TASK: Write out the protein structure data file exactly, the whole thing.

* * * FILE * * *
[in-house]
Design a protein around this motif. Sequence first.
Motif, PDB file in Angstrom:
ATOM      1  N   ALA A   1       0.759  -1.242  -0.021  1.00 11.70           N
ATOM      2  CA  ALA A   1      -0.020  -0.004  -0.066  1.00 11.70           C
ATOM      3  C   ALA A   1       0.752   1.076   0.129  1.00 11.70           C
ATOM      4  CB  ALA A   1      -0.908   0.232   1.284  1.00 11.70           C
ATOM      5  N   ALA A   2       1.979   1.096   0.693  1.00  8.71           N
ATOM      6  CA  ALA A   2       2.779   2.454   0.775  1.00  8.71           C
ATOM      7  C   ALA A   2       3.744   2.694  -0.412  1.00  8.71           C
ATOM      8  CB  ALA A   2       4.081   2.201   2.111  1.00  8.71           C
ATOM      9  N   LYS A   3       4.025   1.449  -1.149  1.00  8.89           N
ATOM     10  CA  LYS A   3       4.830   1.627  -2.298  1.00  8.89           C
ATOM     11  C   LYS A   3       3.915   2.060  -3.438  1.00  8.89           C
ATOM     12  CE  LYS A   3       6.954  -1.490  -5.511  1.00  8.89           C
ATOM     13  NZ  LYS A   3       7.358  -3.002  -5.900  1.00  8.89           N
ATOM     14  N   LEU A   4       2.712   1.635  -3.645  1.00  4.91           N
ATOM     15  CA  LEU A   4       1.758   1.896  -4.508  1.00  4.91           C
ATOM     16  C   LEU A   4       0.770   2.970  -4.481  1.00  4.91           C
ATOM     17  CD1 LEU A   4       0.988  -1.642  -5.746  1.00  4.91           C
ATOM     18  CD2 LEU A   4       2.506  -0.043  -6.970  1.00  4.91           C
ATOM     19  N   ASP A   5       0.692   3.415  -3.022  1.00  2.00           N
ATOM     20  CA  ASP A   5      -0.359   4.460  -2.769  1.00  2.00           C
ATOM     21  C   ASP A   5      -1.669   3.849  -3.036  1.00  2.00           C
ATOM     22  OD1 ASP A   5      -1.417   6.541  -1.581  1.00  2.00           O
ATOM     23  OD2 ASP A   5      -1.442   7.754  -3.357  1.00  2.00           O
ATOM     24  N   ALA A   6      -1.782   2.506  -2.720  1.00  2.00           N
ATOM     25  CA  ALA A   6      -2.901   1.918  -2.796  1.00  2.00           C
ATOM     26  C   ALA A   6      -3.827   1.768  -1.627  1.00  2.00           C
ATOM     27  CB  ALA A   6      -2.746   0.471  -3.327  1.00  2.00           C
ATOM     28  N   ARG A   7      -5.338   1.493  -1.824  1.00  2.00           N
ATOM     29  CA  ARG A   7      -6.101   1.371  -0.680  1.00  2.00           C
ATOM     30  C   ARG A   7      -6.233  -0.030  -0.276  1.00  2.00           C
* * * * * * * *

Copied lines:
[in-house]
Design a protein around this motif. Sequence first.
Motif, PDB file in Angstrom:
ATOM      1  N   ALA A   1       0.759  -1.242  -0.021  1.00 11.70           N
ATOM      2  CA  ALA A   1      -0.020  -0.004  -0.066  1.00 11.70           C
ATOM      3  C   ALA A   1       0.752   1.076   0.129  1.00 11.70           C
ATOM      4  CB  ALA A   1      -0.908   0.232   1.284  1.00 11.70           C
ATOM      5  N   ALA A   2       1.979   1.096   0.693  1.00  8.71           N
ATOM      6  CA  ALA A   2       2.779   2.454   0.775  1.00  8.71           C
ATOM      7  C   ALA A   2       3.744   2.694  -0.412  1.00  8.71           C
ATOM      8  CB  ALA A   2       4.081   2.201   2.111  1.00  8.71           C
ATOM      9  N   LYS A   3       4.025   1.449  -1.149  1.00  8.89           N
ATOM     10  CA  LYS A   3       4.830   1.627  -2.298  1.00  8.89           C
ATOM     11  C   LYS A   3       3.915   2.060  -3.438  1.00  8.89           C
ATOM     12  CE  LYS A   3       6.954  -1.490  -5.511  1.00  8.89           C
ATOM     13  NZ  LYS A   3       7.358  -3.002  -5.900  1.00  8.89           N
ATOM     14  N   LEU A   4       2.712   1.635  -3.645  1.00  4.91           N
ATOM     15  CA  LEU A   4       1.758   1.896  -4.508  1.00  4.91           C
ATOM     16  C   LEU A   4       0.770   2.970  -4.481  1.00  4.91           C
ATOM     17  CD1 LEU A   4       0.988  -1.642  -5.746  1.00  4.91           C
ATOM     18  CD2 LEU A   4       2.506  -0.043  -6.970  1.00  4.91           C
ATOM     19  N   ASP A   5       0.692   3.415  -3.022  1.00  2.00           N
ATOM     20  CA  ASP A   5      -0.359   4.460  -2.769  1.00  2.00           C
ATOM     21  C   ASP A   5      -1.669   3.849  -3.036  1.00  2.00           C
ATOM     22  OD1 ASP A   5      -1.417   6.541  -1.581  1.00  2.00           O
ATOM     23  OD2 ASP A   5      -1.442   7.754  -3.357  1.00  2.00           O
ATOM     24  N   ALA A   6      -1.782   2.506  -2.720  1.00  2.00           N
ATOM     25  CA  ALA A   6      -2.901   1.918  -2.796  1.00  2.00           C
ATOM     26  C   ALA A   6      -3.827   1.768  -1.627  1.00  2.00           C
ATOM     27  CB  ALA A   6      -2.746   0.471  -3.327  1.00  2.00           C
ATOM     28  N   ARG A   7      -5.338   1.493  -1.824  1.00  2.00           N
ATOM     29  CA  ARG A   7      -6.101   1.371  -0.680  1.00  2.00           C
ATOM     30  C   ARG A   7      -6.233  -0.030  -0.276  1.00  2.00           C